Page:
Arctic And Apples

This morning I got out of bed, went into the bathroom and opened the window to see what the weather was like. As I was hit with the blast of arctic air so cold it froze my nose up instantly I couldn’t help but think. “Oh shit, it’s going to be a multiple sock day.”

Living in Ohio takes fortitude, we all know this. You must put up with the people, the farms, the blisteringly hot summers, and the freezing cold winters. I know all this and do my best to deal with all this. However, when we got from a teasingly warm few days, wearing shorts while running warm, to wondering what on earth we all did to have the weather this cold, that I can’t stand.

I talk about the weather a lot though. It fascinates me in a way I haven’t been engrossed since I started stealing my mother’s romance novels. (I learned a lot from those books.) Still though, I’m sure that you probably have lost interest. Unless of course you live in Ohio, and then you are, like myself, utterly beguiled by this.

Last night at knitting, a woman gave me a couple of bags of fiber that she had declared that she wasn’t going to spin. Now, my wheel has been broken since spring, but she didn’t take this as a hint that I shouldn’t be collecting fiber. She gives me some stuff, which was very kind of her, and I put it in my friend’s car. When I got home, I grabbed it out of her backseat, said my goodbyes and got out. I took it upstairs, and lo and behold, I was one bag short. She’d given me two and I only had one. I looked around and then just figured I’d left it in Tracy’s backseat. Not a big deal. I then went outside to pee (leave me alone, it was dark out) and there was a bag of fiber. Only it wasn’t there. Yesterday was terribly windy, and as I left the house, it had started to take off. My neighbors were going to have an Alpaca lawn!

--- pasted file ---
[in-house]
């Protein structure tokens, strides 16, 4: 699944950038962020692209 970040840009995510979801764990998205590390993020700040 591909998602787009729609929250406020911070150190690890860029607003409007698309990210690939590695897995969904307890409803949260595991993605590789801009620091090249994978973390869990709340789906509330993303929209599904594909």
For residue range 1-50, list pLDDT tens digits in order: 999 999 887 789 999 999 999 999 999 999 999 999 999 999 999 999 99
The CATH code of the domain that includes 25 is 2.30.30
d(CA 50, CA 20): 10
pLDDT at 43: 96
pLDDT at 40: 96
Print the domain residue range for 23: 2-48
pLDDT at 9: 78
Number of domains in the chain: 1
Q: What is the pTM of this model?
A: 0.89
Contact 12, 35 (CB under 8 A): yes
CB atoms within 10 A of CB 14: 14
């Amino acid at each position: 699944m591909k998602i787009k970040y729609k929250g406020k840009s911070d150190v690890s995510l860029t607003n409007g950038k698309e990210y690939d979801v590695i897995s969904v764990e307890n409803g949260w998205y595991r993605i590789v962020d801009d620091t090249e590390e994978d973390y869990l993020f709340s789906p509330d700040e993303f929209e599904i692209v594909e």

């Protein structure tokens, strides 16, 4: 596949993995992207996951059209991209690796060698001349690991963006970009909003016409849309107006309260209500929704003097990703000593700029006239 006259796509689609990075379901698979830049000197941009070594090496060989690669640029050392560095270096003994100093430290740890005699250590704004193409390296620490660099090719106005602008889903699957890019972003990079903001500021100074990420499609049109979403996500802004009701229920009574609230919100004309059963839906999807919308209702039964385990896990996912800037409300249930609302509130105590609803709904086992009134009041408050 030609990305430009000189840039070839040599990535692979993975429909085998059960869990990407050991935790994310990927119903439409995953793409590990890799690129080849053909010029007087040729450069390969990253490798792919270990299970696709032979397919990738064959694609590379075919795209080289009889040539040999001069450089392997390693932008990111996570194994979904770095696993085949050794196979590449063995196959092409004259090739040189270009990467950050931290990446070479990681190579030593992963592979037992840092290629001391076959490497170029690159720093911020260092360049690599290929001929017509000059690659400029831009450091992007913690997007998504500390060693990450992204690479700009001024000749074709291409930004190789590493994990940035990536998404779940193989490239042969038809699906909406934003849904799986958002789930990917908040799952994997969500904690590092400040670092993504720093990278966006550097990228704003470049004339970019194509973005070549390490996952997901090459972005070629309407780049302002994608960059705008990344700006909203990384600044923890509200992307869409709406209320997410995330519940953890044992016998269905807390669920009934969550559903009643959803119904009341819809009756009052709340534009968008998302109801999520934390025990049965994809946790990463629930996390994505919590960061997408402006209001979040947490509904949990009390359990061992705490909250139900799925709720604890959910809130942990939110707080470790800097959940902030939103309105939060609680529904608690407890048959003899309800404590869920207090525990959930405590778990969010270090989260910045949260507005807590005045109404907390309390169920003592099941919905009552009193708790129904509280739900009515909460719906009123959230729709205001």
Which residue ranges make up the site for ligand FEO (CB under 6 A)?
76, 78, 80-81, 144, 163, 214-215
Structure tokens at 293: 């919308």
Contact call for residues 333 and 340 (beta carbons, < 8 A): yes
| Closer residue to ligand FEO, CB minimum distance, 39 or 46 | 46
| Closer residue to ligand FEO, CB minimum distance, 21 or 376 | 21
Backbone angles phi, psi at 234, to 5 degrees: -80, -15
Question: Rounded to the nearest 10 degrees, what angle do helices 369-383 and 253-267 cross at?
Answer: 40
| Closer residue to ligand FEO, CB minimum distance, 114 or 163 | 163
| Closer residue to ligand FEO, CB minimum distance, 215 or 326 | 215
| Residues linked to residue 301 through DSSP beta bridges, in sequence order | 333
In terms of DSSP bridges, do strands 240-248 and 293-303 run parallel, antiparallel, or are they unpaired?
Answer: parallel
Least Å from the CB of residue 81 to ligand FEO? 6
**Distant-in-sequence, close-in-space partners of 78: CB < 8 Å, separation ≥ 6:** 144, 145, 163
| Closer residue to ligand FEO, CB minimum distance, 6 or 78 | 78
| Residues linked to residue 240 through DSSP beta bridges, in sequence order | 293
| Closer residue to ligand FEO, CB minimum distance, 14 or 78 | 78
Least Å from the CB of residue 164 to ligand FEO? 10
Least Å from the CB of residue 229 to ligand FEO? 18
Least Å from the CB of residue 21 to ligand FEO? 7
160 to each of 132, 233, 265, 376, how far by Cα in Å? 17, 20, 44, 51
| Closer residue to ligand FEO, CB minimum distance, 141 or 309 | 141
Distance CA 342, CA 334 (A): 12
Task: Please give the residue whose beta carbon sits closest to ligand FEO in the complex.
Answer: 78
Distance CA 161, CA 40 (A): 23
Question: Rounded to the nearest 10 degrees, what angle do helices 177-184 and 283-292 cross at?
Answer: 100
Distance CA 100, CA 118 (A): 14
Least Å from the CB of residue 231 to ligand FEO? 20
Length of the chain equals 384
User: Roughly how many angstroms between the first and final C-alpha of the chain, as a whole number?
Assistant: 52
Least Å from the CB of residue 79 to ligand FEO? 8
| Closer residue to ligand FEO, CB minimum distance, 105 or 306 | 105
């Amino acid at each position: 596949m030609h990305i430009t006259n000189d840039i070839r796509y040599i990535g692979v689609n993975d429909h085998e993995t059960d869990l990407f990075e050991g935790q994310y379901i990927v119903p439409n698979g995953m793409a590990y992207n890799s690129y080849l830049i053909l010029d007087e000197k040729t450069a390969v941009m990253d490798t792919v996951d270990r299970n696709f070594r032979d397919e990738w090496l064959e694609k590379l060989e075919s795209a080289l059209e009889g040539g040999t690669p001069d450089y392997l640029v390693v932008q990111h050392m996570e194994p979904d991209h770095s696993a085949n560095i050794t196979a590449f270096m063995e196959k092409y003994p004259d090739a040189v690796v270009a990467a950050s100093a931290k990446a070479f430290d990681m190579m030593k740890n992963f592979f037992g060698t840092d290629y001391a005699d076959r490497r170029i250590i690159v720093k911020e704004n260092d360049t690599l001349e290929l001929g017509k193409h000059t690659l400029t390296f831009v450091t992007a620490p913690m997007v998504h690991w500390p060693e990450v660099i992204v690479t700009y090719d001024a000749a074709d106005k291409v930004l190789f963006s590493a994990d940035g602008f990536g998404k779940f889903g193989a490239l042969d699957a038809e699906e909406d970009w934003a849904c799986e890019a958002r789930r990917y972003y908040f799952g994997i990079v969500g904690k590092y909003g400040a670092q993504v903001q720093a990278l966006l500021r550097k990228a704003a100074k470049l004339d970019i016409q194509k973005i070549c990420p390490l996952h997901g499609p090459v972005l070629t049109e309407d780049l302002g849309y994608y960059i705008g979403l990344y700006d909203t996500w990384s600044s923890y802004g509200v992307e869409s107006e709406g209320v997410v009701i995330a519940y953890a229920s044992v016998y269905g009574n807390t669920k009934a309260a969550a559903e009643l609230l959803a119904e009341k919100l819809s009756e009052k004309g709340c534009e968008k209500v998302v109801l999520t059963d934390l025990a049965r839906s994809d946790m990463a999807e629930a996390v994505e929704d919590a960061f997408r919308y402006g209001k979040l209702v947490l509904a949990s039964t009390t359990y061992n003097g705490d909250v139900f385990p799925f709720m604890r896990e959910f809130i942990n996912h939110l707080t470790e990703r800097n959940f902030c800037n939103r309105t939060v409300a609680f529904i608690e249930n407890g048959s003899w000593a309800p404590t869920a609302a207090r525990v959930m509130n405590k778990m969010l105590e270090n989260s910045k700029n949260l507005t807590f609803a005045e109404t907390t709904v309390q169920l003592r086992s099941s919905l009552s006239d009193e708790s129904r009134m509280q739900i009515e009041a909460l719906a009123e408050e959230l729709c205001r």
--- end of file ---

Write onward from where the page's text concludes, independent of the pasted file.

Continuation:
In my stocking feet I take off running across the sopping wet driveway and yard. I’m pulling fiber out of mud puddles and chasing down the ever dwindling bag. Thank god that my neighbors already think I’m crazier than a soup sandwich. I’m shrieking as I do this, I don’t know why, so all the dogs within a ten-mile radius start barking as I chase down fiber through the neighborhood.

I think I got most of it.

My mother is down stairs making apple dumplings. Long time readers will recall the deep-seated loathing that I have for these things. They are a pain in the ass to make, I don’t like them that much, and think that they really are much more trouble than they are worth, sort of like rice pudding.  And not to mention that any time she makes them I end up finishing them. I don’t know how this happens. She somehow eagerly starts them, then has a melt down over pie crust or something (rightly so) and then runs out of the kitchen crying. I just in and piece a piece of falling apart dough over a wet apple as best I can, get it all going right, and then by the grace of god she feels better in time to triumphantly take them out of the oven. This is another bone of contention in the spine of resentment.

The real kicker is when she says, “I made apple dumplings . . . Oh, and Garret helped a little.”

I made the biggest mistake of my life when I learned how to make those damn things. I wonder what sadist invented those thing and what on earth was done to him for it.


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